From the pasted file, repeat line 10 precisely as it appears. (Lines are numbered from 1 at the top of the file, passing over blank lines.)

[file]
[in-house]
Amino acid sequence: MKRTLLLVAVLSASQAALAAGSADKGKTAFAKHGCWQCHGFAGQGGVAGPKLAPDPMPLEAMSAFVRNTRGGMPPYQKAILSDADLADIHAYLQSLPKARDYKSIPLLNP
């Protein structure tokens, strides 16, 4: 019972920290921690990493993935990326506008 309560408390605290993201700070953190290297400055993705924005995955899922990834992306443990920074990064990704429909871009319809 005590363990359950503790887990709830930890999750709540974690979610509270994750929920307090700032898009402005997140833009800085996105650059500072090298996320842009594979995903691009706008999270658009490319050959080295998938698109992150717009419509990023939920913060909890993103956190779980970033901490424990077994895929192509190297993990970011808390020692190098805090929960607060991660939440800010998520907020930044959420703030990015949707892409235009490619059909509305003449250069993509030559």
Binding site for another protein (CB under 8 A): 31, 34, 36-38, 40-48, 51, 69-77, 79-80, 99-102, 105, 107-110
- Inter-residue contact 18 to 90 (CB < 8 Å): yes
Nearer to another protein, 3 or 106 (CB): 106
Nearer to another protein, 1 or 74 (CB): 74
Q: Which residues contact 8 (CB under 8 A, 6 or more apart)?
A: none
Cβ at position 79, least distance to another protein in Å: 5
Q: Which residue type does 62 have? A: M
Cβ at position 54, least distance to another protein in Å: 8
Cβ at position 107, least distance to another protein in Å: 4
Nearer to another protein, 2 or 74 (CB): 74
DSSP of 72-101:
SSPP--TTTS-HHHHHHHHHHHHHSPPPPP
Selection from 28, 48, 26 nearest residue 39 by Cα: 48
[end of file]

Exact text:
Cβ at position 79, least distance to another protein in Å: 5